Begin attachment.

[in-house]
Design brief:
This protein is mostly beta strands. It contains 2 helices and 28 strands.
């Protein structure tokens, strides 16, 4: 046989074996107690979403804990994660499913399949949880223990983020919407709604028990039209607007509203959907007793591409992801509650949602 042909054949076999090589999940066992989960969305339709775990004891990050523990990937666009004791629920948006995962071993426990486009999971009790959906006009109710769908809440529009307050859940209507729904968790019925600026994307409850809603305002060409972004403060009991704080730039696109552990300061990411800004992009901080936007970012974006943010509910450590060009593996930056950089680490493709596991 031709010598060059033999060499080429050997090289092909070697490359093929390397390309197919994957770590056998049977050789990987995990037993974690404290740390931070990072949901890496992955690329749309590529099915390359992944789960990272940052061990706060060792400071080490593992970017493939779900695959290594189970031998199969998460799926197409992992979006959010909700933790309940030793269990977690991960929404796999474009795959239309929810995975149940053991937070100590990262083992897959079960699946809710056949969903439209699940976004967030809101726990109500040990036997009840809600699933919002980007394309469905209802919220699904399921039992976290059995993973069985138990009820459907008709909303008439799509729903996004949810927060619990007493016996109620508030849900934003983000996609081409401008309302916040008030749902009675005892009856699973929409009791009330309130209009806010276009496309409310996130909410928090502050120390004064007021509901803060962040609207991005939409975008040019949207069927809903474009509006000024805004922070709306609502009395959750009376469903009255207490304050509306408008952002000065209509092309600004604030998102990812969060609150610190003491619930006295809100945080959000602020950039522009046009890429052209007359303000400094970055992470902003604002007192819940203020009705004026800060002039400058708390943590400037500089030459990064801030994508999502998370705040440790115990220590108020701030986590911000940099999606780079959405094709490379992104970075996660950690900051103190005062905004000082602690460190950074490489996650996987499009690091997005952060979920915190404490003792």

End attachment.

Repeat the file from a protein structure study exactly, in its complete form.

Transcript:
[in-house]
Design brief:
This protein is mostly beta strands. It contains 2 helices and 28 strands.
């Protein structure tokens, strides 16, 4: 046989074996107690979403804990994660499913399949949880223990983020919407709604028990039209607007509203959907007793591409992801509650949602 042909054949076999090589999940066992989960969305339709775990004891990050523990990937666009004791629920948006995962071993426990486009999971009790959906006009109710769908809440529009307050859940209507729904968790019925600026994307409850809603305002060409972004403060009991704080730039696109552990300061990411800004992009901080936007970012974006943010509910450590060009593996930056950089680490493709596991 031709010598060059033999060499080429050997090289092909070697490359093929390397390309197919994957770590056998049977050789990987995990037993974690404290740390931070990072949901890496992955690329749309590529099915390359992944789960990272940052061990706060060792400071080490593992970017493939779900695959290594189970031998199969998460799926197409992992979006959010909700933790309940030793269990977690991960929404796999474009795959239309929810995975149940053991937070100590990262083992897959079960699946809710056949969903439209699940976004967030809101726990109500040990036997009840809600699933919002980007394309469905209802919220699904399921039992976290059995993973069985138990009820459907008709909303008439799509729903996004949810927060619990007493016996109620508030849900934003983000996609081409401008309302916040008030749902009675005892009856699973929409009791009330309130209009806010276009496309409310996130909410928090502050120390004064007021509901803060962040609207991005939409975008040019949207069927809903474009509006000024805004922070709306609502009395959750009376469903009255207490304050509306408008952002000065209509092309600004604030998102990812969060609150610190003491619930006295809100945080959000602020950039522009046009890429052209007359303000400094970055992470902003604002007192819940203020009705004026800060002039400058708390943590400037500089030459990064801030994508999502998370705040440790115990220590108020701030986590911000940099999606780079959405094709490379992104970075996660950690900051103190005062905004000082602690460190950074490489996650996987499009690091997005952060979920915190404490003792």